In order to determine the effect of HATMSC2-MVs on the viability of the cells, an Annexin V Apoptosis Detection Kit (Thermo Scientific, Carlsbad, CA, USA) was used. ES-2 and OAW-42 cells were seeded in a 24-well plate at a density of 25 × 103 in the DMEM + 10% FBS and OptiMEM GlutaMax + 3% FBS media (mixed in equal proportions). Before the analysis, the cells were treated with MVs at a ratio of 1:1 (1 MV per cell), 5:1 (5 MVs per cell), 10:1 (10 MVs per cell), and 100:1 (100 MVs per cell) for 72 h. ES-2 and OAW-42 cells without MVs were used as a negative control. After incubation with MVs, the cells were stained with Annexin V and propidium iodide according to the manufacturer’s recommendations. The cells were analyzed for live (Annexin V negative and propidium iodide negative), early apoptotic (Annexin V positive and propidium iodide negative), late apoptotic (Annexin V positive and propidium iodide positive), and necrotic cells (Annexin V negative and propidium iodide positive) using a FACSCalibur flow cytometer (BD Biosciences, San Jose, CA, USA). The analysis was performed using Flowing Software 2 (Perttu Terho, Turku Centre for Biotechnology, Finland).
4.9. Flow Cytometry Analysis of Ovarian Cancer Cell Lines
In order to determine the effect of HATMSC2-MVs on the phenotype of ovarian cancer cell lines, flow cytometry analysis was performed. ES-2 and OAW-42 cells were treated for 72 h with MVs at a ratio of 10:1. ES-2 and OAW-42 cells were seeded in a 6-well plate at a density of 6 x 104 per well in the DMEM + 10% FBS and OptiMEM GlutaMax + 3% FBS media (mixed in equal proportions). MVs were added to the cells at a ratio of 10:1. ES-2 and OAW-42 cells without MVs were used as a control. After 72 h, the cells were washed with PBS, and the culture medium was replaced with DMEM without FBS. Following a subsequent 24 h of culture in DMEM without FBS, the cells were detached using the trypsin/EDTA solution and incubated with PE-conjugated antibodies specific for the human CD34 (clone 8G12), CD44 (clone 515), CD133 (clone W6B3C1), CD73 (clone AD2), CD90 (clone 5E10), and CD105 (clone 266) molecules and the PerCP-Cy5.5—SSEA4 antibody (clone MC813-70) (all from BD Biosciences, San Jose, CA, USA) and with the appropriate isotype controls (BD Biosciences, San Jose, CA, USA) for 30 min at 4 °C. Afterwards, the labeled cells were washed with PBS (IIET, Wroclaw, Poland) and analyzed using a FACSCalibur flow cytometer (BD Biosciences, San Jose, CA, USA). The obtained data were processed using the CellQuest software (BD Biosciences, San Jose, CA, USA). The histograms were created using Flowing Software 2 (Perttu Terho, Turku Centre for Biotechnology, Finland).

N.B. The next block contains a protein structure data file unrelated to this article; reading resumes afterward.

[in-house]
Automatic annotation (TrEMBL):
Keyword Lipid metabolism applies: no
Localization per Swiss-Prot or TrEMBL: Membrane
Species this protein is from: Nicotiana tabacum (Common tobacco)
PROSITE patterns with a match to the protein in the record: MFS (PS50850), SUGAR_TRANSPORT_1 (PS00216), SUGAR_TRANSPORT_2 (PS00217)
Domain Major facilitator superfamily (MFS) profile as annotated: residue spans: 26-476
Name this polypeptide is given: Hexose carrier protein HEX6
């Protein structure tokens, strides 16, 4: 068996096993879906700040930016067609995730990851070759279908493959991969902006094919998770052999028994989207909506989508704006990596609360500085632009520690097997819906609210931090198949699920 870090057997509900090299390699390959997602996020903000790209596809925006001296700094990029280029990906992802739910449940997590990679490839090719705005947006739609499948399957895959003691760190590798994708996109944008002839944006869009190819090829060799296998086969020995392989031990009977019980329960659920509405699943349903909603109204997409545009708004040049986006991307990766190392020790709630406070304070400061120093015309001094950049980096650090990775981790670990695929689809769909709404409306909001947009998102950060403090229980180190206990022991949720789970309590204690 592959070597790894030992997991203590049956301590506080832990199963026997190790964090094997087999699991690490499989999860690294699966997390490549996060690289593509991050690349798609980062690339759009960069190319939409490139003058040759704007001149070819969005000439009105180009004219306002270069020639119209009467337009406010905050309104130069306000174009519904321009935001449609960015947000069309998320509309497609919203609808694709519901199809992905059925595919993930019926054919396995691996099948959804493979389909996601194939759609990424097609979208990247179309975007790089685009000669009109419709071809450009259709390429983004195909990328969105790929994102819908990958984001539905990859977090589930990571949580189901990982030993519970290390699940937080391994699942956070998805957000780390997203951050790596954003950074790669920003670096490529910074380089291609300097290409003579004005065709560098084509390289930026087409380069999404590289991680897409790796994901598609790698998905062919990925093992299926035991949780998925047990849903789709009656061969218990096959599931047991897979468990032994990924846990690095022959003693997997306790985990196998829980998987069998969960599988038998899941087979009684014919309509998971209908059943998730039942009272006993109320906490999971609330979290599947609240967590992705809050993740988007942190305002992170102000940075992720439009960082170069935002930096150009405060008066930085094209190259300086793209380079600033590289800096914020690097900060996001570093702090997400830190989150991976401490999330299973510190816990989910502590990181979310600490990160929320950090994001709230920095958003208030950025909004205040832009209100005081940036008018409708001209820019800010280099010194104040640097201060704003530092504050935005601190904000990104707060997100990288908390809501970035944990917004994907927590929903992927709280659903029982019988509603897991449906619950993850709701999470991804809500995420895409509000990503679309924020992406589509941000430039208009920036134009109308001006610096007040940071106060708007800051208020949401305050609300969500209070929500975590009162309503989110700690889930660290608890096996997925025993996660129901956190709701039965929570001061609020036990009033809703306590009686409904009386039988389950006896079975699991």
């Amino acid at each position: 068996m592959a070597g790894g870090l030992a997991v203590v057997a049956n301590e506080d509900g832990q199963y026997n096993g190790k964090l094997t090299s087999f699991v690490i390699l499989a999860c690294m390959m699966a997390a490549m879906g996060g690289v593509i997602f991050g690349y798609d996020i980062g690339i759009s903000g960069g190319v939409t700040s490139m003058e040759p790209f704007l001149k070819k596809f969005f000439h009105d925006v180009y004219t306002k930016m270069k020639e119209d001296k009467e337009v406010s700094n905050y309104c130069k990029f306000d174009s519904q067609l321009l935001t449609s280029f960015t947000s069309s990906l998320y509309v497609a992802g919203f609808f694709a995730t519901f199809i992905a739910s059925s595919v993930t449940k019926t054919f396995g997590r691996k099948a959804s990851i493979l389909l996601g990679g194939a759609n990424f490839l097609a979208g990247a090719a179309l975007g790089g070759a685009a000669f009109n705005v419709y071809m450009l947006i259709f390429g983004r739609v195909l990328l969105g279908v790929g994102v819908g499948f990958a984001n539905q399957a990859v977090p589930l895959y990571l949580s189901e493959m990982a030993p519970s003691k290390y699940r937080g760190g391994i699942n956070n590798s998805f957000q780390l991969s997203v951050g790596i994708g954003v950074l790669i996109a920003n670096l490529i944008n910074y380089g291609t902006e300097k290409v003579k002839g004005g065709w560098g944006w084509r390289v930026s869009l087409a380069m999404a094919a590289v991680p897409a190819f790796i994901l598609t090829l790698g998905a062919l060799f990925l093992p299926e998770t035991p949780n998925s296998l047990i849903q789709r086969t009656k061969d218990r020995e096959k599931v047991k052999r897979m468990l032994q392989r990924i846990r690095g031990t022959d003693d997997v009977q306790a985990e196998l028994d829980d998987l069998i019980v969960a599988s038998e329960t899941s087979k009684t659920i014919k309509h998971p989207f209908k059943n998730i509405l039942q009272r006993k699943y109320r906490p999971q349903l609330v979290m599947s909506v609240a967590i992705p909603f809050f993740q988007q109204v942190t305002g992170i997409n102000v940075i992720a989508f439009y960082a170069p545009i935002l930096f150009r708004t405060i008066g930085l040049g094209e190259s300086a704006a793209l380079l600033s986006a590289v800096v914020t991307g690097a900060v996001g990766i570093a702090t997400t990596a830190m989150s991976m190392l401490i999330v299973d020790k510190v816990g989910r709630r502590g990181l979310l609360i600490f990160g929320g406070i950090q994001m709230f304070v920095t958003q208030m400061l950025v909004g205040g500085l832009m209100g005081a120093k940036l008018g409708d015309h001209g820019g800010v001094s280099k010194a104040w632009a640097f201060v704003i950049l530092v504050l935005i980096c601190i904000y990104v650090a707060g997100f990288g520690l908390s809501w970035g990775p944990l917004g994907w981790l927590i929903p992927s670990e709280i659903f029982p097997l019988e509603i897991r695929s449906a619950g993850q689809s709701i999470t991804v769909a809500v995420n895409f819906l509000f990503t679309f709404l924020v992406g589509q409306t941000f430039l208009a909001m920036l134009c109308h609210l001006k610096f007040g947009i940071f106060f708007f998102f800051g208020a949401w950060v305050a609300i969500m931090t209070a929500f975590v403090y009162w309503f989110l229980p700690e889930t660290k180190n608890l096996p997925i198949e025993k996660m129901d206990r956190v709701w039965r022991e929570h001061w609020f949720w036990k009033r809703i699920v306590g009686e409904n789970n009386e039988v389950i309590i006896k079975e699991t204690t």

4.10. Secretion Profiles of Ovarian Cancer Cell Lines
In order to determine the effect of HATMSC2-MVs on the secretion profiles of ovarian cancer cell lines, a C-Series Human Cytokine Antibody Array C1000 (RayBio®, Norcross, GA, USA) was used. ES-2 and OAW-42 cells were seeded in a 6-well plate at a density of 6 × 104 per well in the DMEM + 10% FBS and OptiMEM GlutaMax + 3% FBS media (mixed in equal proportions). MVs were added to the cells at a ratio of 100:1. The ES-2 and OAW-42 cells without MVs were used as a control. After 72 h, the cells were washed with PBS, and the culture medium was replaced with DMEM without FBS. Following the subsequent 24 h of culture in DMEM without FBS, the conditioned medium was collected and centrifuged for 10 min at 300× g to remove cellular debris, and the cells were used for flow cytometry analysis (see 4.9. Briefly, 2 mL of blocking buffer were applied onto the membrane and incubated for 30 min at room temperature. Next, 2 mL of the supernatant collected from the control and treated cells were incubated with the membrane overnight at 4 °C. Following a series of washes, a biotinylated antibody cocktail was applied onto the membrane and incubated for 2 h at room temperature. Unbound antibodies were removed with a series of washes, and the membrane was placed in HRP-streptavidin and incubated for 2 h at room temperature. Following a third series of washes, chemiluminescence was detected, and the bound proteins were visualized using an X-ray film. Signal intensities were compared using the ImageJ software (MosaicJ, Philippe Thevenaz): relative differences in the expression levels of each analyzed sample were measured and normalized to the intensities of the positive control using the Protein Array Analyzer plugin. The obtained data were analyzed automatically using the Microsoft® Excel-based Analysis Software Tool for Human Cytokine Antibody Array C1000. The results were calculated as a percentage of expression, with positive control set to 100% and negative control set to 0% (relative expression). The threshold was set to 10%. All results equal to or above 10% were considered as real expression.
4.11. Statistical Analysis
All statistical analyses were performed using GraphPad Prism version 7 (GraphPad Software Inc., San Diego, CA, USA). The data were compared using the one-way ANOVA test with Dunnett’s multiple comparison. All results are presented as mean ± SEM values.